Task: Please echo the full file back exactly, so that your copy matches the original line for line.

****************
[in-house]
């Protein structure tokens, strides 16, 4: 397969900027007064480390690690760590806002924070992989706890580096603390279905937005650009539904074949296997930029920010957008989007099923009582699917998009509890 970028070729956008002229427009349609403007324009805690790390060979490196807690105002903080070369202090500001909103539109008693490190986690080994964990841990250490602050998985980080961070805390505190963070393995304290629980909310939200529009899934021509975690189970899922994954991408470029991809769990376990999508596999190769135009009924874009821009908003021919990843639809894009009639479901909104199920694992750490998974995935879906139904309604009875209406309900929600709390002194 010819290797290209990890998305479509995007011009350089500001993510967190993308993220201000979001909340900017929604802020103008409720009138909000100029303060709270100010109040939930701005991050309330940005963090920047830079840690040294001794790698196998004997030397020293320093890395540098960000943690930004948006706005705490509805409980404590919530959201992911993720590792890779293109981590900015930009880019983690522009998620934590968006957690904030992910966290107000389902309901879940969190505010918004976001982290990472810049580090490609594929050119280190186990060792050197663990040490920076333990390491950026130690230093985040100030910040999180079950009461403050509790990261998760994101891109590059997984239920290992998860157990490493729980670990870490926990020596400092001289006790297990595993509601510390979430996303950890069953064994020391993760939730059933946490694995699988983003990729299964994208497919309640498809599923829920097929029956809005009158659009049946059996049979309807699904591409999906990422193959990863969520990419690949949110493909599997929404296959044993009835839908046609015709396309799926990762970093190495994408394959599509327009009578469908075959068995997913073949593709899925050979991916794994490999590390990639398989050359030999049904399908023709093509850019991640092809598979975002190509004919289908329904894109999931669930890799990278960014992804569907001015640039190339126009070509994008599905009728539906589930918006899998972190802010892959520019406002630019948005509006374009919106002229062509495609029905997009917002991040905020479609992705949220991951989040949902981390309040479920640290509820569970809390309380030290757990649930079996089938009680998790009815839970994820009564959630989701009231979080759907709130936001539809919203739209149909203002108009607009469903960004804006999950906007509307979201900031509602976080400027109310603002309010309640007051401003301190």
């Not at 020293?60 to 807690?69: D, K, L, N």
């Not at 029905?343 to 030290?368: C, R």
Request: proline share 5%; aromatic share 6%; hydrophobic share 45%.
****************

[in-house]
């Protein structure tokens, strides 16, 4: 397969900027007064480390690690760590806002924070992989706890580096603390279905937005650009539904074949296997930029920010957008989007099923009582699917998009509890 970028070729956008002229427009349609403007324009805690790390060979490196807690105002903080070369202090500001909103539109008693490190986690080994964990841990250490602050998985980080961070805390505190963070393995304290629980909310939200529009899934021509975690189970899922994954991408470029991809769990376990999508596999190769135009009924874009821009908003021919990843639809894009009639479901909104199920694992750490998974995935879906139904309604009875209406309900929600709390002194 010819290797290209990890998305479509995007011009350089500001993510967190993308993220201000979001909340900017929604802020103008409720009138909000100029303060709270100010109040939930701005991050309330940005963090920047830079840690040294001794790698196998004997030397020293320093890395540098960000943690930004948006706005705490509805409980404590919530959201992911993720590792890779293109981590900015930009880019983690522009998620934590968006957690904030992910966290107000389902309901879940969190505010918004976001982290990472810049580090490609594929050119280190186990060792050197663990040490920076333990390491950026130690230093985040100030910040999180079950009461403050509790990261998760994101891109590059997984239920290992998860157990490493729980670990870490926990020596400092001289006790297990595993509601510390979430996303950890069953064994020391993760939730059933946490694995699988983003990729299964994208497919309640498809599923829920097929029956809005009158659009049946059996049979309807699904591409999906990422193959990863969520990419690949949110493909599997929404296959044993009835839908046609015709396309799926990762970093190495994408394959599509327009009578469908075959068995997913073949593709899925050979991916794994490999590390990639398989050359030999049904399908023709093509850019991640092809598979975002190509004919289908329904894109999931669930890799990278960014992804569907001015640039190339126009070509994008599905009728539906589930918006899998972190802010892959520019406002630019948005509006374009919106002229062509495609029905997009917002991040905020479609992705949220991951989040949902981390309040479920640290509820569970809390309380030290757990649930079996089938009680998790009815839970994820009564959630989701009231979080759907709130936001539809919203739209149909203002108009607009469903960004804006999950906007509307979201900031509602976080400027109310603002309010309640007051401003301190």
């Not at 020293?60 to 807690?69: D, K, L, N």
């Not at 029905?343 to 030290?368: C, R």
Request: proline share 5%; aromatic share 6%; hydrophobic share 45%.